I saw this story run on our local channel 8. It was an intriguing story! The mom had an accompanying blog that must have gotten to many "hits" and was shut down. So I didnt get to read about her methods! Anyway, great post! We are a family of three with three dogs. We spend on average a $100 a week between food and toilitries--our son still uses diapers,etc.So we spend $5200 a year! We eat at home and very rarely eat out! I think we should be able to cut our spending down more based on articles like these. However, with coupons I often run into the problem of not finding "real food" or the kind of food we need. Check out my new blog! Ryansdad

I absolutely agree that "real food" is likely to be an issue here. Yes, if it's "save $5000 in six months or die," it might be worth it to live for that period on peanut butter sandwiches and pasta with tomato sauce that is mostly HFCS, but in doing so long-term you are jeopardizing your health. (And, as a separate issue, your weight. Speaking realistically, for most people, it is a lot easier to get yourself to stick to a plan of cooking healthily at home, taking in leftovers for lunch, avoiding random gratuitous high-calorie snacking, etc., when you are using high-quality ingredients in your cooking. Obviously there is high-priced food that is all hype, but in my experience, the better-quality produce and proteins taste better and are more satisfying.)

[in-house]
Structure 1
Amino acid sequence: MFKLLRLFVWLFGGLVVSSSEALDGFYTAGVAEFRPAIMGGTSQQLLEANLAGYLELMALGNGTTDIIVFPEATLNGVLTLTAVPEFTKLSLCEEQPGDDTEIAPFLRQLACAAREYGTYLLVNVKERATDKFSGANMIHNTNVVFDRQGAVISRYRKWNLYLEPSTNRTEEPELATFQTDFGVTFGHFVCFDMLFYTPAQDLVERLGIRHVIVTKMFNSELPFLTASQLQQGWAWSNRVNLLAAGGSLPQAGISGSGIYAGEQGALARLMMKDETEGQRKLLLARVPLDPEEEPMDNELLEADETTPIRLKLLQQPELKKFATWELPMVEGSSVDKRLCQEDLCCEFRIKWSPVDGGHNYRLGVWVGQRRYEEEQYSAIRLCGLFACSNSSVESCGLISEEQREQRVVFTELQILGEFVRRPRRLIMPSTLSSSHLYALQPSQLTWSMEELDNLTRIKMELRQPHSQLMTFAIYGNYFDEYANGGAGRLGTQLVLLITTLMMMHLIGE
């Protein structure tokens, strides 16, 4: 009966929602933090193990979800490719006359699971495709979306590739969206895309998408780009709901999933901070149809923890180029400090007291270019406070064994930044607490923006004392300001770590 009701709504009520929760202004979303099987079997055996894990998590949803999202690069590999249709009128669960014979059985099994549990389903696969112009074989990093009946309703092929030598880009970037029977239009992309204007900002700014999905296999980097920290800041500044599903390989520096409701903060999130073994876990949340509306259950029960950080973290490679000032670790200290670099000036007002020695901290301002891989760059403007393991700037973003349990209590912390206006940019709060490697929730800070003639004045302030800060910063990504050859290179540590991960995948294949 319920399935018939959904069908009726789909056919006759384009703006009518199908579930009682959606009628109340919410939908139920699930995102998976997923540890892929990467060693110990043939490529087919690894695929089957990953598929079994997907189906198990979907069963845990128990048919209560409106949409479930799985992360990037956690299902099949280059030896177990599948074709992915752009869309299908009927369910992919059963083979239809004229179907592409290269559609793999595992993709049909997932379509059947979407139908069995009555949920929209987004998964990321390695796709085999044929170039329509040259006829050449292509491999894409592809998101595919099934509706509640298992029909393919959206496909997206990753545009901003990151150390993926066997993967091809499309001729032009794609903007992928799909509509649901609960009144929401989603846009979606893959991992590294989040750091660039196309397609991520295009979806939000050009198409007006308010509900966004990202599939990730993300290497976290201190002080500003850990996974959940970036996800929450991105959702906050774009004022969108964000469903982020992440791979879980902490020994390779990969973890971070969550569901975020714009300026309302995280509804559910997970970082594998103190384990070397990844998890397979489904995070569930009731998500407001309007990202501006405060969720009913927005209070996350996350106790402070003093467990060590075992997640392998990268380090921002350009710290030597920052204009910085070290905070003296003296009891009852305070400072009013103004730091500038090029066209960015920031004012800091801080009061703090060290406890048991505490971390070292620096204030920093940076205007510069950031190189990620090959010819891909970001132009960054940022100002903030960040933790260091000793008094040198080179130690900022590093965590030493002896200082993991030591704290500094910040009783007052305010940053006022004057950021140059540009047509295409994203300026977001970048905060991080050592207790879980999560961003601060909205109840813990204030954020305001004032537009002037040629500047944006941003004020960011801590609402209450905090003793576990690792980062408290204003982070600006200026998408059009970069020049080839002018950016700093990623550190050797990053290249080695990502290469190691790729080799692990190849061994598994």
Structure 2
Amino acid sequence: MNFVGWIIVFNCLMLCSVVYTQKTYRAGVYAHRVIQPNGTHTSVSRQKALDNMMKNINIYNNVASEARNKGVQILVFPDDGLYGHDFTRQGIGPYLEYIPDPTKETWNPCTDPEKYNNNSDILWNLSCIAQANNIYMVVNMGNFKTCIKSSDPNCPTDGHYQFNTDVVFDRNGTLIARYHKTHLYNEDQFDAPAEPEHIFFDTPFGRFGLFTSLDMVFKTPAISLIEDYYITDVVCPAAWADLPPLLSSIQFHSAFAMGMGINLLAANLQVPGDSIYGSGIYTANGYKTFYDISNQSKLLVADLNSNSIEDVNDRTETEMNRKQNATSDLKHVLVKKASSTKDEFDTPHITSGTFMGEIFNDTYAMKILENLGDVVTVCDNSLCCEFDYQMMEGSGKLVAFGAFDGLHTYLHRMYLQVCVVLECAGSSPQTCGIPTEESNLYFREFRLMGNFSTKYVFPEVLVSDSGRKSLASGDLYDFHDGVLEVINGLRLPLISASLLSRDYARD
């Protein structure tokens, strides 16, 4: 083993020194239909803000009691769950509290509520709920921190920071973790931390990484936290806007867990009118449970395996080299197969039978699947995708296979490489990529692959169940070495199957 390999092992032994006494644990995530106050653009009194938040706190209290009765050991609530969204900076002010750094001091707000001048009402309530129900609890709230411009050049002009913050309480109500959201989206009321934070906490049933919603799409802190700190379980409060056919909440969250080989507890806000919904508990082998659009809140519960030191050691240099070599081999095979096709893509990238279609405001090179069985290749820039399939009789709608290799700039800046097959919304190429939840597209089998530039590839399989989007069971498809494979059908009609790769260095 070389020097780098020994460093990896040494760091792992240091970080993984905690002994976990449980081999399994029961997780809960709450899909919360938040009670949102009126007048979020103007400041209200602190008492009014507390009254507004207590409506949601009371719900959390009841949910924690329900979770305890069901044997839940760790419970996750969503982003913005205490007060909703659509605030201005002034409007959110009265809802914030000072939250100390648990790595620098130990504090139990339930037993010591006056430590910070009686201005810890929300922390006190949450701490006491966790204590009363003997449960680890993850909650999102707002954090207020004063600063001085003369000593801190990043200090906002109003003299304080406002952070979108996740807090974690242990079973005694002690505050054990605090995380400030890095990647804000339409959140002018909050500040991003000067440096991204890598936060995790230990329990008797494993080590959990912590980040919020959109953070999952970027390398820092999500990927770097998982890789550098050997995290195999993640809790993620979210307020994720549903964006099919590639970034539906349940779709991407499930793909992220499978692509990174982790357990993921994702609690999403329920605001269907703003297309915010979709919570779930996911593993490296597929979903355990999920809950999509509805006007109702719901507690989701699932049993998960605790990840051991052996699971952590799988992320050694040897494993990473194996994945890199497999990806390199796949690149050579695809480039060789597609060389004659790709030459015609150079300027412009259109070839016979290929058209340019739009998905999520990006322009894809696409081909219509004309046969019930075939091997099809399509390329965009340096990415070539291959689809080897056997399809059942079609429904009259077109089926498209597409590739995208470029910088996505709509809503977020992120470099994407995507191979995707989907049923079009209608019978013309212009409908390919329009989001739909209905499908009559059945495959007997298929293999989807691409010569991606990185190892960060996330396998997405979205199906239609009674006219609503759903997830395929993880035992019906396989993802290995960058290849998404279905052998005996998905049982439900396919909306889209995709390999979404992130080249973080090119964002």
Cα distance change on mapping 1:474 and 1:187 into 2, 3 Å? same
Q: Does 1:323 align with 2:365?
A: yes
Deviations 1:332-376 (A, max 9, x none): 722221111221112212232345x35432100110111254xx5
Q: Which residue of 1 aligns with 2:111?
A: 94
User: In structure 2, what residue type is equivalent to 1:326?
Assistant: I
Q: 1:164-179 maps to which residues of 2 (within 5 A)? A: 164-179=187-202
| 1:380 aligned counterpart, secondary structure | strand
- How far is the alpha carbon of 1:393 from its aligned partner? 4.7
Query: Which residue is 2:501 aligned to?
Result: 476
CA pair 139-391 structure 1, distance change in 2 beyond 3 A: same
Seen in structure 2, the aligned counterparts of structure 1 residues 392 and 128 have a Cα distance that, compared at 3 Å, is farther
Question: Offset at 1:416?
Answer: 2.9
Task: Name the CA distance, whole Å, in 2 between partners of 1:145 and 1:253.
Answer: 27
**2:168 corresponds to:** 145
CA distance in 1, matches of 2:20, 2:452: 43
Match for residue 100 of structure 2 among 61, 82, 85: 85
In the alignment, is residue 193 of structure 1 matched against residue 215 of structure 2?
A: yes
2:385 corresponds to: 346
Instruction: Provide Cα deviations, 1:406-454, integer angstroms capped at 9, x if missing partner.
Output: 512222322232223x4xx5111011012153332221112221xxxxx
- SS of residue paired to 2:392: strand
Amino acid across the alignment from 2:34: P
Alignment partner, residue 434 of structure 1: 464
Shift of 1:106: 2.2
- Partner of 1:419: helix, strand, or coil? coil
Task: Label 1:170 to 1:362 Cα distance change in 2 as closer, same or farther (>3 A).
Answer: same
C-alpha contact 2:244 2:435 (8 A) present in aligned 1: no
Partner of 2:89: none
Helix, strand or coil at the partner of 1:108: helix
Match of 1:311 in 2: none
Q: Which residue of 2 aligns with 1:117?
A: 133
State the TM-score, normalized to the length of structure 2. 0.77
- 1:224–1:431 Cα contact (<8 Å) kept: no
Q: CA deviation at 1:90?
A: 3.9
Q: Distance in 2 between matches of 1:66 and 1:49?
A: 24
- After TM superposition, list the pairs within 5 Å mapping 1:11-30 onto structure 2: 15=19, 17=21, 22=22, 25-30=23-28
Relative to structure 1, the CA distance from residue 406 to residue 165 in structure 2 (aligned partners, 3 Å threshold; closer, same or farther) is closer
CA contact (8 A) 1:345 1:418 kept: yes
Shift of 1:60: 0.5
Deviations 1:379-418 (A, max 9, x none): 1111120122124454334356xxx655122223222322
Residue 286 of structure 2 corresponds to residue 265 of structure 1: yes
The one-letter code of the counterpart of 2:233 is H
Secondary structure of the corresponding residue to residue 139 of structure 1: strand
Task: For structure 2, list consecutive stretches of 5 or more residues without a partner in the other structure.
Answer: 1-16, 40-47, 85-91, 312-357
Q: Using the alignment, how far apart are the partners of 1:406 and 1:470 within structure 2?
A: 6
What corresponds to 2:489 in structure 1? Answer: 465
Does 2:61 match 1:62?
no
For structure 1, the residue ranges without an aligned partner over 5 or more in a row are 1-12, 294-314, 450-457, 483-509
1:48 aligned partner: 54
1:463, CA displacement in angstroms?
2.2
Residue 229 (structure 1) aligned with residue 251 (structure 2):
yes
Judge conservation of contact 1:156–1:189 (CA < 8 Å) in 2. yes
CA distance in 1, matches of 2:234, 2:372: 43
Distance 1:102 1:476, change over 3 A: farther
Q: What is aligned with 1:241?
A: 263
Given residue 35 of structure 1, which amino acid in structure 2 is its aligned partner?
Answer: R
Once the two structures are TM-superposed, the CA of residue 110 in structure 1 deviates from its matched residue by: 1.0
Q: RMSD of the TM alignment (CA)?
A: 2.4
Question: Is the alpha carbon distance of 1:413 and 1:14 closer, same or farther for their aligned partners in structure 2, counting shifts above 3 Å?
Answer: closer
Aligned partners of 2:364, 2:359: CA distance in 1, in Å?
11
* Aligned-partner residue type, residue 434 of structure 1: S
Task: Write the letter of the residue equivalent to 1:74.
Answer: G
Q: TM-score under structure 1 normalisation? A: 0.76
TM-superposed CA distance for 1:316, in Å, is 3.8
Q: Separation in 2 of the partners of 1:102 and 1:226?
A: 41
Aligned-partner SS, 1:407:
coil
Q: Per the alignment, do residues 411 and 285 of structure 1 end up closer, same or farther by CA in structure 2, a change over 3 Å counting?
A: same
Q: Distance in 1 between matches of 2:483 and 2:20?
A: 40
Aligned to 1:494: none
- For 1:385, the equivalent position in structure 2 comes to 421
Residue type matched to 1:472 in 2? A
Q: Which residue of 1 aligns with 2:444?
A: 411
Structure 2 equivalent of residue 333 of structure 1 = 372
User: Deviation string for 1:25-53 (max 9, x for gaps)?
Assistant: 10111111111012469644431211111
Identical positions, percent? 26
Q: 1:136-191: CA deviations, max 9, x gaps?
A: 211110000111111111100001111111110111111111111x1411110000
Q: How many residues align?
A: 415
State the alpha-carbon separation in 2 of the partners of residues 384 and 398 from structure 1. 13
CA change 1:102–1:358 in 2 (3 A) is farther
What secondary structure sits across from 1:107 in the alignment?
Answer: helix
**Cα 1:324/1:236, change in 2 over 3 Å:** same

I understand that there are folks who have no choice in the matter, but I wouldn't set out to emulate them.

The links to the blog take me to a page that shows the blog has been removed. Any one else get that? I could still get to the story from the first link.

Pat --

I'm getting that too. Tried to find an alternative blog site, but there's nothing. Wonder what happened...

If we use $1200 per year for four people, it becomes $100 per month for four, or $25 per month for one. This is less than one dollar per day (about 83 cents). One would have to be dedicated to extracting the best value from that dollar. I think I would look for some way to earn a few more dollars, since finding ways to stretch one dollar to cover a full day’s calories is work that produces a very small hourly return. If you worked one hour at minimum wage – over $7 where I live – you would certainly clear $5, which would make the day’s victuals less labor-intensive to acquire.

By the way, a local convenience store offers eggs at 98 cents per dozen. If you had a way to cook them free, you could eat 10 eggs for 83 cents. I think that would be adequate nutrition. They also have bananas and potatoes for 39 cents a pound. You could have two pounds of bananas for your 83 cents – disregarding the loss in inedible skins. Or you could have a pound of potatoes mingled with five eggs. Make it exotic (and give it a double meaning!) by naming it in Spanish as "papas con huevos".

My assumption in all of this is that everything is paid for. If we assume differently, some condiments might be acquired free from fast-food places. Likewise, cooking for free is possible but seems outside the spirit of this exercise. Those potatoes and eggs need to be boiled, at least. You can usually scrounge firewood enough to boil a pot, and it’s not too hard to steal electricity. Living off the land might be great sport so long as you didn’t get arrested.

well another way i found to save money is buying reusable/ washable menstral pads. i know it sounds gross but its just about the same as real pads but they save me loads of money by reusing and they are really comfortable.